LA VALLÉE, Jean de
(b. 1620, Paris, d. 1696, Stockholm)

Exterior view

Riddarhuset, Stockholm

When Simon de la Vallée (died 1642), and then his son Jean de la Vallée court architect in Stockholm, a clear move in favour of Baroque classicism had occurred in Swedish architecture. The manifesto for the new style was expressed in the Riddarhuset (House of Nobles), influenced by the Palais du Luxembourg.

Construction of this Baroque building named Riddarhuset began in 1641. It was the House of Nobility or the Knights' House until 1866 when noblemen lost their power to the country's new parliament. However, three classes of Swedish nobility still exist: lords, knights and esquires. These titles do not have special privileges but do carry some social status. The Riddarhuset institution maintains records of all past noble families.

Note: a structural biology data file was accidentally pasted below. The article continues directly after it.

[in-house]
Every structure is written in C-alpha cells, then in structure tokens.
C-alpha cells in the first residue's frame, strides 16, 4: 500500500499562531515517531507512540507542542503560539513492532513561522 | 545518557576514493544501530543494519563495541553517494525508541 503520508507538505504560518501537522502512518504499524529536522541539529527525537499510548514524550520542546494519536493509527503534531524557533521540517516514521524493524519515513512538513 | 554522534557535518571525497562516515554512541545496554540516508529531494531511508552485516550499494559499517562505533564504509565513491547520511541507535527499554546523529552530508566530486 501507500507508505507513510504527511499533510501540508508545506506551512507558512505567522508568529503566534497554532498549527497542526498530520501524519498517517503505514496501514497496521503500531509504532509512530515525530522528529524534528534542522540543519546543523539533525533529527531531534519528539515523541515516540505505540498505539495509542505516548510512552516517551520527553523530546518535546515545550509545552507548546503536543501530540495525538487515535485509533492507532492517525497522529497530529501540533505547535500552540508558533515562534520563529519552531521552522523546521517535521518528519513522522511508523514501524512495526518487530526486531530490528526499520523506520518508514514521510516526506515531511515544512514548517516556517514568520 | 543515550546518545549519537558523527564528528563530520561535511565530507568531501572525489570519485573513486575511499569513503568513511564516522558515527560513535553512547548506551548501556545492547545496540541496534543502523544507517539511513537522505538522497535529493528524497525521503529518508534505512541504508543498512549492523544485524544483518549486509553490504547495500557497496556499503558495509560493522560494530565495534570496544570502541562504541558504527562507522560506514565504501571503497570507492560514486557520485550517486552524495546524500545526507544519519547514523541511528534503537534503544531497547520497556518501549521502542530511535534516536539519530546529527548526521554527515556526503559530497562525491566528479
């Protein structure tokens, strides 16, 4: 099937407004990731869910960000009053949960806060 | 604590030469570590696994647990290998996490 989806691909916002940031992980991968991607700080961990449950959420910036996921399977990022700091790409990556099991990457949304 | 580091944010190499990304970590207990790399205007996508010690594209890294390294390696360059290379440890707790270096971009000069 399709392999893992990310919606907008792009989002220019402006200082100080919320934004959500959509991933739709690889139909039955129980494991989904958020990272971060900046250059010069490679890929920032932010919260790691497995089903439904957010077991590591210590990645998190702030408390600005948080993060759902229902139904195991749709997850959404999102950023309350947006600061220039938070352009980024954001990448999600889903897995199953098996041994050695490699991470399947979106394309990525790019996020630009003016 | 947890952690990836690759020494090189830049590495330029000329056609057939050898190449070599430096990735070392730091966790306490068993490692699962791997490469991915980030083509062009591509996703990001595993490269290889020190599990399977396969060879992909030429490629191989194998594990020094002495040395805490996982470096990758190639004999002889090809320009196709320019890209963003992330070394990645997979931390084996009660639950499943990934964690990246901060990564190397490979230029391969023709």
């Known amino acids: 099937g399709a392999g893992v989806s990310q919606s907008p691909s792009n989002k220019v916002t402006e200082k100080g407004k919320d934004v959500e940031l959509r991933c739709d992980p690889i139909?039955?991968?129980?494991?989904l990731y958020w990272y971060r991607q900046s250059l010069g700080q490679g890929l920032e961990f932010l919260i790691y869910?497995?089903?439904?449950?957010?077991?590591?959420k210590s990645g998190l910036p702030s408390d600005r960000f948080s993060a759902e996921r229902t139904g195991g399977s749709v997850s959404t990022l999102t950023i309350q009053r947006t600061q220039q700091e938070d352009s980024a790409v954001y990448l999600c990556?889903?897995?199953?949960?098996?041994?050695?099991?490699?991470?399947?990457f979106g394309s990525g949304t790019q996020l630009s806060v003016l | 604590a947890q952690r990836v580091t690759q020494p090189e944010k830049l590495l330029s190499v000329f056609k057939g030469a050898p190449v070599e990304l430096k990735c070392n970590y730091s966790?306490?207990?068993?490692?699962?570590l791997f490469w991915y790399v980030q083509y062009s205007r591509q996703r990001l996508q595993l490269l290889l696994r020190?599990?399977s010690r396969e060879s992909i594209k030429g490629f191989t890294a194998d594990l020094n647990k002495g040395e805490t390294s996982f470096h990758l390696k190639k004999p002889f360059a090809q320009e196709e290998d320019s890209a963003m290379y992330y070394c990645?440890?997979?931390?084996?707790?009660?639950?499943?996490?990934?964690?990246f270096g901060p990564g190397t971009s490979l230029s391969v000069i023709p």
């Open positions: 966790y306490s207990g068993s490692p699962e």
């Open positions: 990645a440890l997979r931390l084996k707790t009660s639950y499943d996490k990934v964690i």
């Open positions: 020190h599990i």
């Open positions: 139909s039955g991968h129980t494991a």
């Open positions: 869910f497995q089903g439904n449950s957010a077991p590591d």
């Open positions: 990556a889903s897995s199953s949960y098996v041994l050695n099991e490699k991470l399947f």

The main façade of the building features a giant Corinthian order and the slightly projecting pavilion is emphasized by a flat pediment. The contrast between brick and light sandstone was used to good effect. One of the original features here is the two-tier roof with a curved profile to the lower section.